Last August, Hannah Stahl won first place in the Westminster Kennel Club’s dog art contest—held several months before the club’s 140th annual dog show, in partnership with the New York Academy of Art—by wowing judges with Lucy, an oil-on-canvas painting of a leaping Staffordshire bull terrier.
For more than 20 years, Dr. Brett Snyder has provided volunteer pediatric craniofacial care to children overseas and in his community.
Since 2000, Dan Whittle, a senior attorney for the nonprofit Environmental Defense Fund, has been working to preserve Cuba’s natural resources, including pristine coral reefs and mangrove forests that form a thriving marine habitat.
Kate Hendricks’ career in comedy started off slowly. In fact, she only realized she wanted to pursue comedy during an interview for a job at an ad agency. So she did what a lot of self-respecting comedians do: She moved to New York City and performed anywhere that would have her.
Cold Case: Jim Emison, BA’65, Is Determined to Solve a 75-Year-Old Hate Crime and Bring Justice to Tragedy
Emison, a retired lawyer, is investigating an unsolved murder that took place more than 75 years ago. The murdered man, Elbert Williams, was a member of the NAACP who organized meetings of African Americans in West Tennessee’s Haywood County. He was found in a river and buried without autopsy in an unmarked grave.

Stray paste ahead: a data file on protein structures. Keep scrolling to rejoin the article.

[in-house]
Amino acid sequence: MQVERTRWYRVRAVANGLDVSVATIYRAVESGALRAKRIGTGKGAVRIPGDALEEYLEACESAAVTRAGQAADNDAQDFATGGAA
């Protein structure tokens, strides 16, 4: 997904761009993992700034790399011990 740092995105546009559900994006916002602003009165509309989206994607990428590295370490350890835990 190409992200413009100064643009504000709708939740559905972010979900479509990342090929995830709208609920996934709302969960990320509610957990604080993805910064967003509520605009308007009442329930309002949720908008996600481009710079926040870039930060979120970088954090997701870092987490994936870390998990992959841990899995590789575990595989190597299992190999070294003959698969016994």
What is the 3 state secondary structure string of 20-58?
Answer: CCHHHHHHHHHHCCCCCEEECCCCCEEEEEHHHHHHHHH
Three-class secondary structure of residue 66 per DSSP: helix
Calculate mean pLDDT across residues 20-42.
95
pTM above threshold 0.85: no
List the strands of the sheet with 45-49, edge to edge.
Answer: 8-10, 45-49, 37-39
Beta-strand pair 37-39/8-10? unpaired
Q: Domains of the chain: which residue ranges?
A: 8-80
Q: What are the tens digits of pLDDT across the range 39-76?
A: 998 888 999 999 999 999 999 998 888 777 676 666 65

Vivé Griffith says her Vanderbilt years tie directly to her present leadership of the Austin, Texas-based Free Minds Project, which offers under-resourced adults a free, yearlong, college-level course in subjects ranging from history to Shakespeare, along with free books, child care and dinners.
James Hill, an associate professor of computer and information science at Indiana University–Purdue University Indianapolis, is one of the youngest African Americans to become a tenured professor in computer science at a research university in the United States.
Dr. Annabelle de St. Maurice rapidly is ascending to the cutting edge of addressing the practical problems of world-impacting diseases. After earning her master’s degree in public health at Vanderbilt, in July 2015 she began work in Atlanta at the Centers for Disease Control and Prevention (CDC) as an Epidemic Intelligence Service (EIS) officer.
Runners are a group Graeflin knows well. He ran track at Vanderbilt, and is the longtime owner of The Athlete’s House in Nashville, the first store in Tennessee devoted to running apparel and gear.
Romo and a group of like-minded friends formed Atlanta-based Cozzee (pronounced like “coffee”), which sells high-end, ethically produced coffee and donates 100 percent of its profits to charity.